“It is our most earnest hope that when the poppy petals fall at the Service of Remembrance in the Albert Hall each November, people will realise that some of them fall for generals.” (p. xii)
This book firmly knocks on the head the often-quoted phrase referring to the British troops of the First World War as “Lions led by Donkeys” and tells us about the many ‘top brass’ who lost their lives during the conflict, “putting the record straight and doing justice to the memory of the senior officers who have been unable to fight back for so many years.”
I was particularly interested in reading this book because my Grandfather was an “Old Contemptible” with the Royal Field Artillery. Having joined the British Army as a Boy Soldier when he was 16, by August 1914 Grandfather was a Sergeant and was married with two children. Due to the very heavy losses among the Officer ranks of the British Army in the early days of the war, Grandfather was actually commissioned as an Officer in November 1914 - that would never have happened to a working-class man during peacetime.
Frank Davies and Graham Maddocks have drawn on a wide variety of resources to put together this excellent book. You will find out that, contrary to popular modern belief (it seems the myth about officers may have come from comments made by David Lloyd George in his “War Memoirs” – Chapter 2), many senior officers were killed in the line of duty during the course of the war. I must admit I was surprised to find out that in 1915, British Army Officers were actually ordered to remain behind the lines as much as possible. "...Haig had decreed in 1915, as GOC 1st Army, "That no staff officer was to go nearer to the trenches than a certain line" This was because of the danger involved for difficult-ro-replace Staff officers". (page 6). Nevertheless, many were killed. You will also discover just how 'safe' the chateaux used as headquarters really were and how many Generals were awarded the Victoria Cross (V.C.).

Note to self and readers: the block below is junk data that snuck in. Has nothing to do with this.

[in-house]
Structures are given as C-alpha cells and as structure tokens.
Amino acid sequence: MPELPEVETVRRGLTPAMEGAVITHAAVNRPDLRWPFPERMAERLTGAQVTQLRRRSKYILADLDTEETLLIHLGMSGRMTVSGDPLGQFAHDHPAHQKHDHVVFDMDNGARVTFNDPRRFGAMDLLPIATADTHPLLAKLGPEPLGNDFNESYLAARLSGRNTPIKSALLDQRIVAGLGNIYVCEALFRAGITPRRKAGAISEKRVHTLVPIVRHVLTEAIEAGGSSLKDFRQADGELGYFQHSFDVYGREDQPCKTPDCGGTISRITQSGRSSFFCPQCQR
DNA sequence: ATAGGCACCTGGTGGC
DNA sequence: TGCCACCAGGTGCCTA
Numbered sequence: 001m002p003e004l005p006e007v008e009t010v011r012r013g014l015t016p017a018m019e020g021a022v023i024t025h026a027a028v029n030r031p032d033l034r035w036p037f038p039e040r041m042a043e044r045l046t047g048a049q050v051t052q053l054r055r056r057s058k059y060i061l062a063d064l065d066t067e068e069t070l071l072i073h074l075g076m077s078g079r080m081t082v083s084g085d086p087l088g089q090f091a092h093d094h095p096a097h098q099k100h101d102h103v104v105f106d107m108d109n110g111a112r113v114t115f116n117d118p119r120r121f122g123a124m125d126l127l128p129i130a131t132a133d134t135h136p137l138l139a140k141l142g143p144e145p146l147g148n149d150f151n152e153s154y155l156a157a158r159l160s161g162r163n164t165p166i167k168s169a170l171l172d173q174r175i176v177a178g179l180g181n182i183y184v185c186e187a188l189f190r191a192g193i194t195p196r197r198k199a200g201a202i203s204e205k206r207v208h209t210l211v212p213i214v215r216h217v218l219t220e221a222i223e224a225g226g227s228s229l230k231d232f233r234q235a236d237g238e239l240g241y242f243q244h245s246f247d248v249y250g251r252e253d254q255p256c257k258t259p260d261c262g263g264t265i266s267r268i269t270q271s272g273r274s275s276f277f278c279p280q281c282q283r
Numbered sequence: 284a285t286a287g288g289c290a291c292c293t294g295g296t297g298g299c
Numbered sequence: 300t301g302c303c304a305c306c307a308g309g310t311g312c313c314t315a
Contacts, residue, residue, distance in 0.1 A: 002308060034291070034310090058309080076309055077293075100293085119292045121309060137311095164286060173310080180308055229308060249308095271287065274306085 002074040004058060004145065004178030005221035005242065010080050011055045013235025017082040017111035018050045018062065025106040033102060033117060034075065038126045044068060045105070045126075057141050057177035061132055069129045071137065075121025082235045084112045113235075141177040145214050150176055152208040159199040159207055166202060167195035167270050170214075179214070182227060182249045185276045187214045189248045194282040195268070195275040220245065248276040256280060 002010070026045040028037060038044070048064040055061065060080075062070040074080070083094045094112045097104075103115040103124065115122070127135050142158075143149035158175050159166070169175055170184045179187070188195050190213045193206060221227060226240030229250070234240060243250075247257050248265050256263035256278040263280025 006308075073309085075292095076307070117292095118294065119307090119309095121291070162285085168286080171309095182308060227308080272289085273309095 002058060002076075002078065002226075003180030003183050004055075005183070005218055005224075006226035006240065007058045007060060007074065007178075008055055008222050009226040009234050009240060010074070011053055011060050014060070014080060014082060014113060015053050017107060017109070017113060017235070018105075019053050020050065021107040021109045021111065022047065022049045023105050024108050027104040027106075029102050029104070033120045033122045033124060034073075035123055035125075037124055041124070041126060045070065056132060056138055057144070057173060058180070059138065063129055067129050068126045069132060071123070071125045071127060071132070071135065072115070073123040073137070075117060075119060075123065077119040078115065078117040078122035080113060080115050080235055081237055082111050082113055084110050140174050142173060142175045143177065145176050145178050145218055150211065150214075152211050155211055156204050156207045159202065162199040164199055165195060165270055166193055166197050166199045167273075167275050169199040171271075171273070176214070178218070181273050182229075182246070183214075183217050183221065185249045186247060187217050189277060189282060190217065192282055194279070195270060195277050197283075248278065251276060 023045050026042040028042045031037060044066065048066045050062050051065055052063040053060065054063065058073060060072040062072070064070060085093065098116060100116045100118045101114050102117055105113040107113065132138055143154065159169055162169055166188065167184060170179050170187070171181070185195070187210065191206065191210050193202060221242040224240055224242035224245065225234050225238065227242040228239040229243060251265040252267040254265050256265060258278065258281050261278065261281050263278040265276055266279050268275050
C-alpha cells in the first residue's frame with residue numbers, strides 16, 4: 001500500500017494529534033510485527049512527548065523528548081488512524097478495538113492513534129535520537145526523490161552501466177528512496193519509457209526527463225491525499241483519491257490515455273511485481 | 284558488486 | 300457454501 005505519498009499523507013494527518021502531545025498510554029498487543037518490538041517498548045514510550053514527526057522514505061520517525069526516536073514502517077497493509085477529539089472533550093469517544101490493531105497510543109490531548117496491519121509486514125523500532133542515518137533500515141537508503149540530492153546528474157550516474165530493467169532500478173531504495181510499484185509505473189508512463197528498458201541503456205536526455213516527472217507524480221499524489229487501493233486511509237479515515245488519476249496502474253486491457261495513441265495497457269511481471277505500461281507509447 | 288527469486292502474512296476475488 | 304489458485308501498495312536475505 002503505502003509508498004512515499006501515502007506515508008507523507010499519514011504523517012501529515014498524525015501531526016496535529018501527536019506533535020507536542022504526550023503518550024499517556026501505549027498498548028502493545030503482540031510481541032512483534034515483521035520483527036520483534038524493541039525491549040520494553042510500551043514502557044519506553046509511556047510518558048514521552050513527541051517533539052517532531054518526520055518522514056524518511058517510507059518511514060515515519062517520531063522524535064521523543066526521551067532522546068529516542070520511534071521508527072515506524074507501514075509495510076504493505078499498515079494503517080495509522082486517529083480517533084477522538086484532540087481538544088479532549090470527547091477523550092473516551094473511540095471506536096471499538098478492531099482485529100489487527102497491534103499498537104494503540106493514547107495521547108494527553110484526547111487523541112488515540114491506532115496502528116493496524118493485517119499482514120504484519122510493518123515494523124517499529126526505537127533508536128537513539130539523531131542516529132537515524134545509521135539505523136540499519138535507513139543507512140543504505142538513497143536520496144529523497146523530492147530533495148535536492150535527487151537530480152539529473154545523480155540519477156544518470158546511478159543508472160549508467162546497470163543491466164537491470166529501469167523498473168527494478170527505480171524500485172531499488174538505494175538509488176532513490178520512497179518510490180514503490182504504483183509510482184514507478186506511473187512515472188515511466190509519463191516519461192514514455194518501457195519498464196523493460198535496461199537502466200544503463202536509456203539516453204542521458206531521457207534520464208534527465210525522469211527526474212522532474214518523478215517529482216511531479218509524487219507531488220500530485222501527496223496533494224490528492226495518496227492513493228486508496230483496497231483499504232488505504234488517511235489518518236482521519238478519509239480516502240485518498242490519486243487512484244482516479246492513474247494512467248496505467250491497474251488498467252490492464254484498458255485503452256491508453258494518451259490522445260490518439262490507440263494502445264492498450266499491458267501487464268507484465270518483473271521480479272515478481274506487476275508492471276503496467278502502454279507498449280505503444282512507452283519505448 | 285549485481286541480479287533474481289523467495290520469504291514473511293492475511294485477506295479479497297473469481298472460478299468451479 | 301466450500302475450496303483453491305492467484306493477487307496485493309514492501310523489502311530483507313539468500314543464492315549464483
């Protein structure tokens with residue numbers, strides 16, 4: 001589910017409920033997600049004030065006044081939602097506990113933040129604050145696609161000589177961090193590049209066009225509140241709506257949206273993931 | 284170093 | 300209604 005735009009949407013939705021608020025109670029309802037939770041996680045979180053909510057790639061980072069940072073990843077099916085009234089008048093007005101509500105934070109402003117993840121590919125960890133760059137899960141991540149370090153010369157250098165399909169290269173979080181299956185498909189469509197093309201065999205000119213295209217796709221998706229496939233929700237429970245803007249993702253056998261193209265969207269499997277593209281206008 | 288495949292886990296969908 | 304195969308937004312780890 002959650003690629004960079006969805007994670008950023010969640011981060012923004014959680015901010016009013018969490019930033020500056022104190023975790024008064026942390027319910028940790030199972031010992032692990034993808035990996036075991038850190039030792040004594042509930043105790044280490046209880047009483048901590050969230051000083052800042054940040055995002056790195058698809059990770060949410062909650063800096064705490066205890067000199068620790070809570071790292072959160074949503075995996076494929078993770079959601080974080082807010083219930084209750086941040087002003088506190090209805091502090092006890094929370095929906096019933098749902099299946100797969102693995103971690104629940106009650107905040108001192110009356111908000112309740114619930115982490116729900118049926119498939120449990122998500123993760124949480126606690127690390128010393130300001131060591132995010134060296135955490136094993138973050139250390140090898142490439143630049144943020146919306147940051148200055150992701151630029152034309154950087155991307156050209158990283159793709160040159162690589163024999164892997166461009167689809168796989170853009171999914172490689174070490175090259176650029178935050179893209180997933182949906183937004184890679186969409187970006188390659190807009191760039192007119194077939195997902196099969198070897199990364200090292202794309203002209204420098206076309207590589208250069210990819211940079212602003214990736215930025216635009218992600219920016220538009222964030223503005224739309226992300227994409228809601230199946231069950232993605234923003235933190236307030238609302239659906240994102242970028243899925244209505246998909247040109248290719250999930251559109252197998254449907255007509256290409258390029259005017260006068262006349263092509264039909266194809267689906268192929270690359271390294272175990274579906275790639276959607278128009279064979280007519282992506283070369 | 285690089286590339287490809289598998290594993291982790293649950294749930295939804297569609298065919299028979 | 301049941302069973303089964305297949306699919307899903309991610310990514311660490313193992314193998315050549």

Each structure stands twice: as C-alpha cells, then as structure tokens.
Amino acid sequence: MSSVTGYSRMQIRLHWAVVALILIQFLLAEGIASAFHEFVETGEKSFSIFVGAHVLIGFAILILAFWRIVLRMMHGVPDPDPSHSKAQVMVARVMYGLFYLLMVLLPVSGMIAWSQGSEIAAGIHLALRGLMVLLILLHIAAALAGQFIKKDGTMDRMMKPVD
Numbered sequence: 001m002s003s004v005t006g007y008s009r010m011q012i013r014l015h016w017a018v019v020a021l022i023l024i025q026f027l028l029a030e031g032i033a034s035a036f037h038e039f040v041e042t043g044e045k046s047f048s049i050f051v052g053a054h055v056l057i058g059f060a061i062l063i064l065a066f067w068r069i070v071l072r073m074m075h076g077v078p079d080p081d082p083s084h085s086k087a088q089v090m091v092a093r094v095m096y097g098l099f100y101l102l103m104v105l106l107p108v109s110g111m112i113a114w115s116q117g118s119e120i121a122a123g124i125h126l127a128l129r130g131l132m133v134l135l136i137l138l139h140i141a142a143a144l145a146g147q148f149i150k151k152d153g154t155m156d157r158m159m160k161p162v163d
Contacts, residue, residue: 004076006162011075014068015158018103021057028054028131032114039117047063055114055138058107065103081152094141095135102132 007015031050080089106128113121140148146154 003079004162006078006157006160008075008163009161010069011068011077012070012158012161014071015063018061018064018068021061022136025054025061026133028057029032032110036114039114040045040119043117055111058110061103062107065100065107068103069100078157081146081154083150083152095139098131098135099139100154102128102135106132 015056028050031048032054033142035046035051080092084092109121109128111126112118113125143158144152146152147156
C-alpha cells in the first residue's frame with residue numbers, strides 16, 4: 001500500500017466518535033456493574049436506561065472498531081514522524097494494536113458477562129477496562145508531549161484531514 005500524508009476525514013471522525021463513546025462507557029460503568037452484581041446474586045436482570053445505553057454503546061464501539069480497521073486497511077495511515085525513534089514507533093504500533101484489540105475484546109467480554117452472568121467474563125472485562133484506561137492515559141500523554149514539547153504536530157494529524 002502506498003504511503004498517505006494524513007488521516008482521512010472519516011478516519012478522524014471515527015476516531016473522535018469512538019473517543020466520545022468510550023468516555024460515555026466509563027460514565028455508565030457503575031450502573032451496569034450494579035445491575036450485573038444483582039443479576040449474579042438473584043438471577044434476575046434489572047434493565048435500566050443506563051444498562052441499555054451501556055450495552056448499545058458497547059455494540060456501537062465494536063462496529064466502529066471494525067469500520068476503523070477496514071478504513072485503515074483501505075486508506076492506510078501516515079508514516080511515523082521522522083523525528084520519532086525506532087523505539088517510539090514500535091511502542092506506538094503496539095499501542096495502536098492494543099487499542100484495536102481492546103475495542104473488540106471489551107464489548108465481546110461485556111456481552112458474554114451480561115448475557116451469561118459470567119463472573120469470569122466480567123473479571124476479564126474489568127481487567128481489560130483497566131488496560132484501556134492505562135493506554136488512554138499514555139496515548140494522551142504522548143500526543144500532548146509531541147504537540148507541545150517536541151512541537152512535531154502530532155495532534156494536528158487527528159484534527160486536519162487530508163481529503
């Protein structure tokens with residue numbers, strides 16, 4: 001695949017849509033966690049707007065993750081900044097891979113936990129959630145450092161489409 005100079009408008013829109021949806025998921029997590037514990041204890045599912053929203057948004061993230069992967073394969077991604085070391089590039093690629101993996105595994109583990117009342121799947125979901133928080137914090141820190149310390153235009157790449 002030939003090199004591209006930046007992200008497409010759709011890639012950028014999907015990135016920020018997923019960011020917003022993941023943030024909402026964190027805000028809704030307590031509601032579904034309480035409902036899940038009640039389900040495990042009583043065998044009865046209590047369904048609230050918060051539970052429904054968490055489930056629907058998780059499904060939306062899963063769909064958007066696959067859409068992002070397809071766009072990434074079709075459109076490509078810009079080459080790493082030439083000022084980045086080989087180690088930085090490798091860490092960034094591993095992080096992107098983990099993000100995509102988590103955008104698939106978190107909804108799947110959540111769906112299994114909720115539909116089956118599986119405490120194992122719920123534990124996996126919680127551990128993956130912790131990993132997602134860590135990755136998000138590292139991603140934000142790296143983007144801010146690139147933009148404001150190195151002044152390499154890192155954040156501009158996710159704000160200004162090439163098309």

I found an enormous amount of extremely interesting material in this book and I don’t want to give too much away as I really want you to read it. Following two chapters setting the scene are two further chapters listing the Generals who were killed, wounded, gasses and/or taken Prisoner of War. Appendix 1 lists the cemeteries where the Generals are buried; a comprehensive list of abbreviations is in Appendix 2 and Appendix 3 has a comprehensive Bibliography. With copious photographs and a painting by WW1 artist Gilbert Holiday, who served with the Royal Field Artillery Western Front as a Forward Observation Officer and was later appointed Reconnaissance Officer on the front cover, this is another must read for anyone with an interest in the history of the First World War.
For further information or to order a copy of the book, please see the Pen & Sword website https://www.pen-and-sword.co.uk/
NOTE: Eddie Bon tells me that the artist who painted the painting featured on the cover of the book was Gilbert Holiday, about whom you can find out more on Lesser Known Artists of the First World War.